© 2024 Kansas City Public Radio
NPR in Kansas City
Play Live Radio
Next Up:
0:00 0:00
Available On Air Stations
Up To Date

This Kansas City Boxing Coach Is Taking Parkinson's Patients Into The Ring

Luke X. Martin
KCUR 89.3

It may sound strange, but people with Parkinson’s disease are stepping into boxing rings to help combat their symptoms. They aren’t throwing uppercuts for a shot at a title, but experts say they are winning an improved quality of life, and so are their families.

Perhaps the most famous person to have the disease was former heavyweight champion Muhammad Ali. Dr. Stanley Fischer told Up To Date host Steve Kraske that the ultimate cause of Parkinson's is probably a combination of "bad genes, bad luck and wear and tear."

Fischer, who is a neurologist at St. Luke's Hospital in Kansas City, Missouri, says it's unclear whether repeated head injuries could be contributing factors for the disease. 

Sarissa Curry is a boxing coach at Ready Steady Boxing and talks about how she began training people with Parkinson’s. For years, there wasn’t anything offered in Kansas City, but after she saw the results of her first trainees, who sought her out, it became something that consumed her mind.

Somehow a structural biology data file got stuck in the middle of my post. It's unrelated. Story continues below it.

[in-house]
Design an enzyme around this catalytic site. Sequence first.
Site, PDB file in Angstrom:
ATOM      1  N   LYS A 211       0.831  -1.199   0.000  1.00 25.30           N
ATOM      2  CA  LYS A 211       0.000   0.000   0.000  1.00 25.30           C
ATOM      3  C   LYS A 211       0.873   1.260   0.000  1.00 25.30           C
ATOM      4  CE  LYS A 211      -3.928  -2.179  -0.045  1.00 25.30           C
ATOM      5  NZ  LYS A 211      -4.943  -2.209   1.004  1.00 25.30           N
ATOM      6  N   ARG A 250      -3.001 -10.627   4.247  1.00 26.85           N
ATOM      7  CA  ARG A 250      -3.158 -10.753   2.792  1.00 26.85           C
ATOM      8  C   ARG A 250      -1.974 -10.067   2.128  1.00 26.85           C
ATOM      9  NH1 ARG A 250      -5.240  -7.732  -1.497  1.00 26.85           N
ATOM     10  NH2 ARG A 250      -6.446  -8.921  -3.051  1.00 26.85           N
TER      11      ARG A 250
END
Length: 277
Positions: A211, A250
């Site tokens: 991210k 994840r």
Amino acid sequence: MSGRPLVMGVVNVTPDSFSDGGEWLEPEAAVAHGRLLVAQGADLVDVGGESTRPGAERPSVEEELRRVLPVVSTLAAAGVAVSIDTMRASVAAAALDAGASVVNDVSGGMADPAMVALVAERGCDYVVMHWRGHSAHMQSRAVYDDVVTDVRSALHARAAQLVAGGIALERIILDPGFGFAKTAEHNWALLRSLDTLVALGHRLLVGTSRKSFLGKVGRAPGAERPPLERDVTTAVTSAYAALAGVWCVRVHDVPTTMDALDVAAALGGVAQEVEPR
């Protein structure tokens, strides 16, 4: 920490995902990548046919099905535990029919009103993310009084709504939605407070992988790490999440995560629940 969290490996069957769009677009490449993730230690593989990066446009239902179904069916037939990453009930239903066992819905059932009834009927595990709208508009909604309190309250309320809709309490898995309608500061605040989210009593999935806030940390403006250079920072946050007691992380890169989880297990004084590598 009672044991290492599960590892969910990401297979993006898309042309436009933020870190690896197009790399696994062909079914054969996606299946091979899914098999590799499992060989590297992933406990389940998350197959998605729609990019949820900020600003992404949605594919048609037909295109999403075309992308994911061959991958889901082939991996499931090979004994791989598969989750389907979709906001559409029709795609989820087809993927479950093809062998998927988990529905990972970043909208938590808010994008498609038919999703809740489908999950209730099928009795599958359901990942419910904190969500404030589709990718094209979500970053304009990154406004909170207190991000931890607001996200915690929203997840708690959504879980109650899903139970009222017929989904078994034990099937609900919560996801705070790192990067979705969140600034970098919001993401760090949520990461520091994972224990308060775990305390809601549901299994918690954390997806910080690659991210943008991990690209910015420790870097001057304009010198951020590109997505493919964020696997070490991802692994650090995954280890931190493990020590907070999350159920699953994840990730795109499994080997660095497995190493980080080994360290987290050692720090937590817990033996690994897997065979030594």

"I have several boxers at this point who for the past year, were walking with a cane or walker because … they were a fall risk and now they are no longer using those tools to walk,” Curry says. “They can walk freely."

Her training program includes non-contact exercise like jumping jacks, bag-punching and other complex movements. The goal is to increase heart rate and produce dopamine.

For people with the disease, the brain slowly stops producing dopamine, and body movement and emotions are reduced, but the unplanned movement can help encourage the production of new dopamine.

Credit Luke X. Martin / KCUR 89.3
KCUR 89.3
Dr. Stanley Fischer says dopamine production is what is important about boxing for Parkinson's patients.

"I tell people [with Parkinson’s], 'I have bad news and good news,'" says Dr. Fischer. "'[The bad news is] you have Parkinson's disease, but the good news is it the most treatable neurological condition.'"

The most overlooked factor in combating Parkinson’s disease,  says Curry, is the toll it takes on loved ones who surround the disease.

“Everyone who is there is a mother, a father, a daughter, a sister, a grandparent, and we're improving the quality of their life,” says Curry. “Which means that, for a time, they have more of the person they've known their whole life.”

According to the National Institute of Neurological Disorders, approximately 50 million Americans are affected by over 600 neurological disorders every year.
“As our population ages, we expect an epidemic of neurodegenerative disorders,” Fischer says. “As we know there is no cure.”

"I envision our treatments will get so good we will be able to maintain patients with Parkinson's for the duration of their life," says Dr. Fischer “This is much more likely than a cure.”
Curry’s students have some initial reluctance and drag their feet — usually they have no desire to be in the ring — but when they put on the gloves and make that first step, Curry says it's a big transformation.

"They walk in the door and they become a boxer."

Ryan Hennessy is an intern for KCUR's Up To Date.